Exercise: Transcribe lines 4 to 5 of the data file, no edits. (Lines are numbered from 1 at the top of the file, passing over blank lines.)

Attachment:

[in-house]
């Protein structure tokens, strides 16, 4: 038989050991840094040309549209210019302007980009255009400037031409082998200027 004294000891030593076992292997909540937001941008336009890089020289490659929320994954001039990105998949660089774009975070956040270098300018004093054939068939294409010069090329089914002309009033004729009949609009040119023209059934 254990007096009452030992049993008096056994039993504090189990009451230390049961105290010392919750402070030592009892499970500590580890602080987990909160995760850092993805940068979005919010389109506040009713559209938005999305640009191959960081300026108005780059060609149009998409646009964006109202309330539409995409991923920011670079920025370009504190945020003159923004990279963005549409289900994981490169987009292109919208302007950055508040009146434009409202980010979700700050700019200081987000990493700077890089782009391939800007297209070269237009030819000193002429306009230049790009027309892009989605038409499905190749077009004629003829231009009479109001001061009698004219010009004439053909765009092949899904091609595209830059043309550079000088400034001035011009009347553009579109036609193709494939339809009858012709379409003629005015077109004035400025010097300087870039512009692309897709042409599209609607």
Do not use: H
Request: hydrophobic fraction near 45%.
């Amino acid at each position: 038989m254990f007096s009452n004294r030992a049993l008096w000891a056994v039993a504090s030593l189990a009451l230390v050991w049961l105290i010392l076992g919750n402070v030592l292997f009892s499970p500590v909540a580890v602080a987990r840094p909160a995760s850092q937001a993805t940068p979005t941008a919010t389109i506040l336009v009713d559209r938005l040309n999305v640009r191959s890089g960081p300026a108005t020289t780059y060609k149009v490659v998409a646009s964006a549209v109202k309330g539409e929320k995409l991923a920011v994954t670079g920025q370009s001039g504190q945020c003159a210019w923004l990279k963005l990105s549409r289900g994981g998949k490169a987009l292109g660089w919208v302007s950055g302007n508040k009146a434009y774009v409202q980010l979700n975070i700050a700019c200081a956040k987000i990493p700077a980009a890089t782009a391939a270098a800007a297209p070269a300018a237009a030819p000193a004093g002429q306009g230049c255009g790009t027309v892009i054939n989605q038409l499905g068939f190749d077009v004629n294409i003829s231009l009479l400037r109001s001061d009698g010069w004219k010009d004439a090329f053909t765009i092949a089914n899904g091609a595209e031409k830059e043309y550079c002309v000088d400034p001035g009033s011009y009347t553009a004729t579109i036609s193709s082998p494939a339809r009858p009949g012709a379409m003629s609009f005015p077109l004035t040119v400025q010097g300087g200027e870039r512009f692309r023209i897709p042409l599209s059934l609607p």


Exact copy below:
Request: hydrophobic fraction near 45%.
């Amino acid at each position: 038989m254990f007096s009452n004294r030992a049993l008096w000891a056994v039993a504090s030593l189990a009451l230390v050991w049961l105290i010392l076992g919750n402070v030592l292997f009892s499970p500590v909540a580890v602080a987990r840094p909160a995760s850092q937001a993805t940068p979005t941008a919010t389109i506040l336009v009713d559209r938005l040309n999305v640009r191959s890089g960081p300026a108005t020289t780059y060609k149009v490659v998409a646009s964006a549209v109202k309330g539409e929320k995409l991923a920011v994954t670079g920025q370009s001039g504190q945020c003159a210019w923004l990279k963005l990105s549409r289900g994981g998949k490169a987009l292109g660089w919208v302007s950055g302007n508040k009146a434009y774009v409202q980010l979700n975070i700050a700019c200081a956040k987000i990493p700077a980009a890089t782009a391939a270098a800007a297209p070269a300018a237009a030819p000193a004093g002429q306009g230049c255009g790009t027309v892009i054939n989605q038409l499905g068939f190749d077009v004629n294409i003829s231009l009479l400037r109001s001061d009698g010069w004219k010009d004439a090329f053909t765009i092949a089914n899904g091609a595209e031409k830059e043309y550079c002309v000088d400034p001035g009033s011009y009347t553009a004729t579109i036609s193709s082998p494939a339809r009858p009949g012709a379409m003629s609009f005015p077109l004035t040119v400025q010097g300087g200027e870039r512009f692309r023209i897709p042409l599209s059934l609607p």